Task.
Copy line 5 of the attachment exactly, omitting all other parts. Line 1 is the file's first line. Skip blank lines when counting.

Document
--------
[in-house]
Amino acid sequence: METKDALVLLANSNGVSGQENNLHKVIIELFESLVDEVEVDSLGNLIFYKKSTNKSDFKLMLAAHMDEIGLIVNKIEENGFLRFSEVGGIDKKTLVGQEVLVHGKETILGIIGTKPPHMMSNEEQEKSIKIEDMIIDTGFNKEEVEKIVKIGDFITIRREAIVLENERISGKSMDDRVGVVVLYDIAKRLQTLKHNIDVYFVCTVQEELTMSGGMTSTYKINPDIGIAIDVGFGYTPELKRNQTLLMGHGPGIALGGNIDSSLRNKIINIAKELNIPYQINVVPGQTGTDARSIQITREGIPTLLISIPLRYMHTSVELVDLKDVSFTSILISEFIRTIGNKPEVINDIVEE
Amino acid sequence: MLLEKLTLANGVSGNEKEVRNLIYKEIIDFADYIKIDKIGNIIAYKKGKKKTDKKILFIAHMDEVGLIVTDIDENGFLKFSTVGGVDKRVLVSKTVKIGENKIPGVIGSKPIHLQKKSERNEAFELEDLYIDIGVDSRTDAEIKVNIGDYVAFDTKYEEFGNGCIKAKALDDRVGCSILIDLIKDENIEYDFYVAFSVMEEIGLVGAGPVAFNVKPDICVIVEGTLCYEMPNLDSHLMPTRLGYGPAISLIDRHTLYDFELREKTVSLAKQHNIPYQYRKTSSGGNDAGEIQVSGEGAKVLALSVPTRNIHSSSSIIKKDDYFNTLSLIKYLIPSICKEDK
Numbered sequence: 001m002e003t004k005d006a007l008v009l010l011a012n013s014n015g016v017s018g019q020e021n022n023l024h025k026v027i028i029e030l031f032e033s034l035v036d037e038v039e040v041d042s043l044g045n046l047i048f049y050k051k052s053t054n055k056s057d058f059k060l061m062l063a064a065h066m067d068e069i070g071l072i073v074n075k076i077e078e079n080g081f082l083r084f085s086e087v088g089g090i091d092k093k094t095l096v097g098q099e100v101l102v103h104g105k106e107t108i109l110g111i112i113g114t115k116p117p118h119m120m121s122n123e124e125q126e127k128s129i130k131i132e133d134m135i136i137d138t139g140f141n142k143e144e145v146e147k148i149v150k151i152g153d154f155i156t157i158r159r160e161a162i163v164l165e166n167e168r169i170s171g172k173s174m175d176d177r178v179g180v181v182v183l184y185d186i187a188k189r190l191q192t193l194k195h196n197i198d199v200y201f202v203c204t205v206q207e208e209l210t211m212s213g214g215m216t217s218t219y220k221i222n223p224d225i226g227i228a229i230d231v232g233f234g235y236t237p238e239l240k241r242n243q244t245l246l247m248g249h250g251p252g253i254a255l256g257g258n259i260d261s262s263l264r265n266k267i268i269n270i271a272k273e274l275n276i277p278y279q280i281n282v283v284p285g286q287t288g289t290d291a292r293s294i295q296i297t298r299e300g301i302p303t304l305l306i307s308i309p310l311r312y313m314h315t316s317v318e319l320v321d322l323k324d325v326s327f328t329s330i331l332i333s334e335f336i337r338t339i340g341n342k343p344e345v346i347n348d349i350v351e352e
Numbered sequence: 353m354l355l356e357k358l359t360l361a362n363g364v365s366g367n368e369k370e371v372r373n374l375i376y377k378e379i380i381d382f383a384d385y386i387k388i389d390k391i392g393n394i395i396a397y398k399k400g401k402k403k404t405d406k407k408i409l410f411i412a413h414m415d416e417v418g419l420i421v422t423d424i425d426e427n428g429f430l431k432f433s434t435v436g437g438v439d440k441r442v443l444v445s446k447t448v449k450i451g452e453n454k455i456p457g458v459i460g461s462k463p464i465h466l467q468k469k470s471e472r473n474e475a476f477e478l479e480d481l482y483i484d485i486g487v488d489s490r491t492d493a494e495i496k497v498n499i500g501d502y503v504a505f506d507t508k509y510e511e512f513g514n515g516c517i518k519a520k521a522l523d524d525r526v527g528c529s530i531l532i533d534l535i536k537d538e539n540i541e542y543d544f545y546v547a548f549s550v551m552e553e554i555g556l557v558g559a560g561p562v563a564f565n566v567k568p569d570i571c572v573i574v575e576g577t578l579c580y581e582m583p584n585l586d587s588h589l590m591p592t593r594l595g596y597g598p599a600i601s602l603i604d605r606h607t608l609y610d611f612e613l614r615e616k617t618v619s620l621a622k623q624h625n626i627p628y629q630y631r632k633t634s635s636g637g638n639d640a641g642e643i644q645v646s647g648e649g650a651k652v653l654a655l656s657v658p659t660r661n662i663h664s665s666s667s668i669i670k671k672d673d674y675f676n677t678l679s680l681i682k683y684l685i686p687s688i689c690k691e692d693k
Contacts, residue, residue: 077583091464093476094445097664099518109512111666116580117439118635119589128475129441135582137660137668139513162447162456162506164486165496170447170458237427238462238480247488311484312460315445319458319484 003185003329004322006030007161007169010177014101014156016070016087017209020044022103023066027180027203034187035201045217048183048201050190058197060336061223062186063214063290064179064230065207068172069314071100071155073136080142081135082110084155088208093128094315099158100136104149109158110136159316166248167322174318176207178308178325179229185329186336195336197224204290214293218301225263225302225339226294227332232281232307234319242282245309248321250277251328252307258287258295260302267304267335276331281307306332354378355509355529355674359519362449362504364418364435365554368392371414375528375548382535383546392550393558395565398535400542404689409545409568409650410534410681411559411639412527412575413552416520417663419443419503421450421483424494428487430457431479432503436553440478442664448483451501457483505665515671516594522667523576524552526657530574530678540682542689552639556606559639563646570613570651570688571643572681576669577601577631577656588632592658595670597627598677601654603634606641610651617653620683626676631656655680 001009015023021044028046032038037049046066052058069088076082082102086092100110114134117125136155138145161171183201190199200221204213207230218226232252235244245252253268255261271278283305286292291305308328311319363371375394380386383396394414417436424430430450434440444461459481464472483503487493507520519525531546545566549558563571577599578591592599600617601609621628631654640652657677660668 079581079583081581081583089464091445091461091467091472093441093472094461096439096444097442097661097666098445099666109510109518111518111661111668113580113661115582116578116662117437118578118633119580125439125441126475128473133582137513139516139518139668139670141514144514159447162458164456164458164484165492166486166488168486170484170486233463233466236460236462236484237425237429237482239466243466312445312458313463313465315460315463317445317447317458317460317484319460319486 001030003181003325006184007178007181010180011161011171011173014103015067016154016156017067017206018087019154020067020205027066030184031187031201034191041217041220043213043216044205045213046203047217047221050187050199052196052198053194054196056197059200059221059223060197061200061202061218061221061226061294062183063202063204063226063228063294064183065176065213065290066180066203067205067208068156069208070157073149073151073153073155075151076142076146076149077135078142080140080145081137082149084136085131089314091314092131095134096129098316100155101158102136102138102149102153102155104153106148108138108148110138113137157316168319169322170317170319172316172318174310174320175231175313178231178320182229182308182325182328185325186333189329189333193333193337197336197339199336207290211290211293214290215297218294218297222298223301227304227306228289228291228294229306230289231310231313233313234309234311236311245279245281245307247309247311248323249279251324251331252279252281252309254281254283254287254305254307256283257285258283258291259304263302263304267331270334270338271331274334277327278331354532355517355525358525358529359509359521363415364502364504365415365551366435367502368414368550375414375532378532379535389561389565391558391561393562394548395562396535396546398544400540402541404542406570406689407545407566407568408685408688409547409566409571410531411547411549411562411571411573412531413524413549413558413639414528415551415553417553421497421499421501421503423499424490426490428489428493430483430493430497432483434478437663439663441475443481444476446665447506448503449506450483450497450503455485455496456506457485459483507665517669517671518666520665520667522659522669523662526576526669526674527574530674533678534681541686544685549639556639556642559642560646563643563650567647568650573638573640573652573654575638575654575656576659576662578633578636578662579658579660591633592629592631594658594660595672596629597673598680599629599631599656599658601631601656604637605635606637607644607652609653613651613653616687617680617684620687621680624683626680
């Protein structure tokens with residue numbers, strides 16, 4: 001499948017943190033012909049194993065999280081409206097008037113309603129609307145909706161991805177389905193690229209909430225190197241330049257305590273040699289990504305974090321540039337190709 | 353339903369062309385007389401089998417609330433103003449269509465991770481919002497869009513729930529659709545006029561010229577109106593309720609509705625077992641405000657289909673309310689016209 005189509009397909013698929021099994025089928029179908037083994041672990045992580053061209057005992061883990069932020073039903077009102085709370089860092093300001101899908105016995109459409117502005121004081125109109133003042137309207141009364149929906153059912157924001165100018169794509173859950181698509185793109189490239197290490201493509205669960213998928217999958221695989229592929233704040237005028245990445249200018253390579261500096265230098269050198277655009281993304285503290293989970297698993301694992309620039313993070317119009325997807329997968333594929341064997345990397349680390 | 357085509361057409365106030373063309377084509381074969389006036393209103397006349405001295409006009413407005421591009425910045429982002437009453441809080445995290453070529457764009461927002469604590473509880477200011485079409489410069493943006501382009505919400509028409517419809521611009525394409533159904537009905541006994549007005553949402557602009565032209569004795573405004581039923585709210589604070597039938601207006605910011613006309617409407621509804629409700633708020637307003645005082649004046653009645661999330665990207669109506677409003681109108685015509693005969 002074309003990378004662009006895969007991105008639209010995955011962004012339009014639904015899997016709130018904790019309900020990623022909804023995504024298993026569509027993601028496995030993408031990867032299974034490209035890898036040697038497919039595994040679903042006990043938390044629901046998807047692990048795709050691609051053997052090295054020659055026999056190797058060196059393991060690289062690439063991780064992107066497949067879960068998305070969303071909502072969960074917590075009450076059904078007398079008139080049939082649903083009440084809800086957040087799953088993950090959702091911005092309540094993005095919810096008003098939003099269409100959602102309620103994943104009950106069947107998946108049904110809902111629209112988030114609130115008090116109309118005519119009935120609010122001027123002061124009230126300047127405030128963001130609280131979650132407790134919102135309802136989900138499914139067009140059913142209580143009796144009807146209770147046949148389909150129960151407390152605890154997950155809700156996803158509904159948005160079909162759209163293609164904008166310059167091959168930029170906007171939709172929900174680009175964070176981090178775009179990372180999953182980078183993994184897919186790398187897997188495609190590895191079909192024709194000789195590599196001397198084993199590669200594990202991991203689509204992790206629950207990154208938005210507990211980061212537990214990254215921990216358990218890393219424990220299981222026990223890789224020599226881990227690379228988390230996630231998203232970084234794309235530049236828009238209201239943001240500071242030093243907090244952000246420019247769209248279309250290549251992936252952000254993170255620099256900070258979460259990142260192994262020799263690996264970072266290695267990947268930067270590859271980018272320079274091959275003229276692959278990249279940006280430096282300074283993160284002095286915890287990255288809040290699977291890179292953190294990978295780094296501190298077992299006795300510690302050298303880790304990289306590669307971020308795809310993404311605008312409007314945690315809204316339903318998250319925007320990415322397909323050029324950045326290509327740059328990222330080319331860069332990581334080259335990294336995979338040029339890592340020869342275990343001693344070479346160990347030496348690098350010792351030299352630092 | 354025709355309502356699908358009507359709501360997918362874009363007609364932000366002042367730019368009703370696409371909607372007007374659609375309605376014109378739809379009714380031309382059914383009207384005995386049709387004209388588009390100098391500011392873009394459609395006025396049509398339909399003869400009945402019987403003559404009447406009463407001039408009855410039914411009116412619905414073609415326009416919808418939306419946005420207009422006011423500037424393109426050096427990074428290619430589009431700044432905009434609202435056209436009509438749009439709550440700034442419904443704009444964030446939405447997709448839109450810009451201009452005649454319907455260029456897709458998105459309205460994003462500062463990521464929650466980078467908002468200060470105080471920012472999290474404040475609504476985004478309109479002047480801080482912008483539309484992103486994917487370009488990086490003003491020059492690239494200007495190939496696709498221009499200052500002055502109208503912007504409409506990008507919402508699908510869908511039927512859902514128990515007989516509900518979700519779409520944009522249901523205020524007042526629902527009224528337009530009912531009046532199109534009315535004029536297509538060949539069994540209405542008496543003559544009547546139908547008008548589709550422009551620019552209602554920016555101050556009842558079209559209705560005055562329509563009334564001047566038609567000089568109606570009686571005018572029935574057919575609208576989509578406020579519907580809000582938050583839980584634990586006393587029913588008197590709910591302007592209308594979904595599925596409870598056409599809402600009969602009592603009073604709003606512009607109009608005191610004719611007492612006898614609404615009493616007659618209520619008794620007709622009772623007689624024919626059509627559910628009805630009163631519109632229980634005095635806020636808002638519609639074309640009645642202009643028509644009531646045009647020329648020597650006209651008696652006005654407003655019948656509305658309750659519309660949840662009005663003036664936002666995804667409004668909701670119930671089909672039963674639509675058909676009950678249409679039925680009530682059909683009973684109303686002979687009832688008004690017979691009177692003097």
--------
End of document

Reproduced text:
Numbered sequence: 353m354l355l356e357k358l359t360l361a362n363g364v365s366g367n368e369k370e371v372r373n374l375i376y377k378e379i380i381d382f383a384d385y386i387k388i389d390k391i392g393n394i395i396a397y398k399k400g401k402k403k404t405d406k407k408i409l410f411i412a413h414m415d416e417v418g419l420i421v422t423d424i425d426e427n428g429f430l431k432f433s434t435v436g437g438v439d440k441r442v443l444v445s446k447t448v449k450i451g452e453n454k455i456p457g458v459i460g461s462k463p464i465h466l467q468k469k470s471e472r473n474e475a476f477e478l479e480d481l482y483i484d485i486g487v488d489s490r491t492d493a494e495i496k497v498n499i500g501d502y503v504a505f506d507t508k509y510e511e512f513g514n515g516c517i518k519a520k521a522l523d524d525r526v527g528c529s530i531l532i533d534l535i536k537d538e539n540i541e542y543d544f545y546v547a548f549s550v551m552e553e554i555g556l557v558g559a560g561p562v563a564f565n566v567k568p569d570i571c572v573i574v575e576g577t578l579c580y581e582m583p584n585l586d587s588h589l590m591p592t593r594l595g596y597g598p599a600i601s602l603i604d605r606h607t608l609y610d611f612e613l614r615e616k617t618v619s620l621a622k623q624h625n626i627p628y629q630y631r632k633t634s635s636g637g638n639d640a641g642e643i644q645v646s647g648e649g650a651k652v653l654a655l656s657v658p659t660r661n662i663h664s665s666s667s668i669i670k671k672d673d674y675f676n677t678l679s680l681i682k683y684l685i686p687s688i689c690k691e692d693k